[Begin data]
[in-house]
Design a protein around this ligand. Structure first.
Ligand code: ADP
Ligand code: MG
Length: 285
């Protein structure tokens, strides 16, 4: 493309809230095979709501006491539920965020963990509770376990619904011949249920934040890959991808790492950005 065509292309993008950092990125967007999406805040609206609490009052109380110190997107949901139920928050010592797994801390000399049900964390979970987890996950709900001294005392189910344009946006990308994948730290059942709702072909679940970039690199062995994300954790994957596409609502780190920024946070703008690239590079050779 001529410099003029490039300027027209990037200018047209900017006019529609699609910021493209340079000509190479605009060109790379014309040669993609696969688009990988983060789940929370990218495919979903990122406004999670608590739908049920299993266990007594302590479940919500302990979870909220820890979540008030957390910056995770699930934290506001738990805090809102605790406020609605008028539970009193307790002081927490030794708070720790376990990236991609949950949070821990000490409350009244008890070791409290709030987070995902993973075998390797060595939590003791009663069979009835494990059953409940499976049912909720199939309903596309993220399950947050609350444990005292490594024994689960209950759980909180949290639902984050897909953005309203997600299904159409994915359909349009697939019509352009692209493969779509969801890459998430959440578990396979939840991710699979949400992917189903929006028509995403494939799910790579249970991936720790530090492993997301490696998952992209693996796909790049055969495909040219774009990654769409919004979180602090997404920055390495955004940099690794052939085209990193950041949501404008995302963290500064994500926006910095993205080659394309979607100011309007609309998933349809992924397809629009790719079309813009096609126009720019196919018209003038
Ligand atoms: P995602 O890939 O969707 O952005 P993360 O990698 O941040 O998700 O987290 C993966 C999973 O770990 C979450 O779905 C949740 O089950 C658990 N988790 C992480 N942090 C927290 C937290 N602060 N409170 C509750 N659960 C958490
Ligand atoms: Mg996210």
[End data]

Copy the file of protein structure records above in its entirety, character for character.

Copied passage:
[in-house]
Design a protein around this ligand. Structure first.
Ligand code: ADP
Ligand code: MG
Length: 285
């Protein structure tokens, strides 16, 4: 493309809230095979709501006491539920965020963990509770376990619904011949249920934040890959991808790492950005 065509292309993008950092990125967007999406805040609206609490009052109380110190997107949901139920928050010592797994801390000399049900964390979970987890996950709900001294005392189910344009946006990308994948730290059942709702072909679940970039690199062995994300954790994957596409609502780190920024946070703008690239590079050779 001529410099003029490039300027027209990037200018047209900017006019529609699609910021493209340079000509190479605009060109790379014309040669993609696969688009990988983060789940929370990218495919979903990122406004999670608590739908049920299993266990007594302590479940919500302990979870909220820890979540008030957390910056995770699930934290506001738990805090809102605790406020609605008028539970009193307790002081927490030794708070720790376990990236991609949950949070821990000490409350009244008890070791409290709030987070995902993973075998390797060595939590003791009663069979009835494990059953409940499976049912909720199939309903596309993220399950947050609350444990005292490594024994689960209950759980909180949290639902984050897909953005309203997600299904159409994915359909349009697939019509352009692209493969779509969801890459998430959440578990396979939840991710699979949400992917189903929006028509995403494939799910790579249970991936720790530090492993997301490696998952992209693996796909790049055969495909040219774009990654769409919004979180602090997404920055390495955004940099690794052939085209990193950041949501404008995302963290500064994500926006910095993205080659394309979607100011309007609309998933349809992924397809629009790719079309813009096609126009720019196919018209003038
Ligand atoms: P995602 O890939 O969707 O952005 P993360 O990698 O941040 O998700 O987290 C993966 C999973 O770990 C979450 O779905 C949740 O089950 C658990 N988790 C992480 N942090 C927290 C937290 N602060 N409170 C509750 N659960 C958490
Ligand atoms: Mg996210």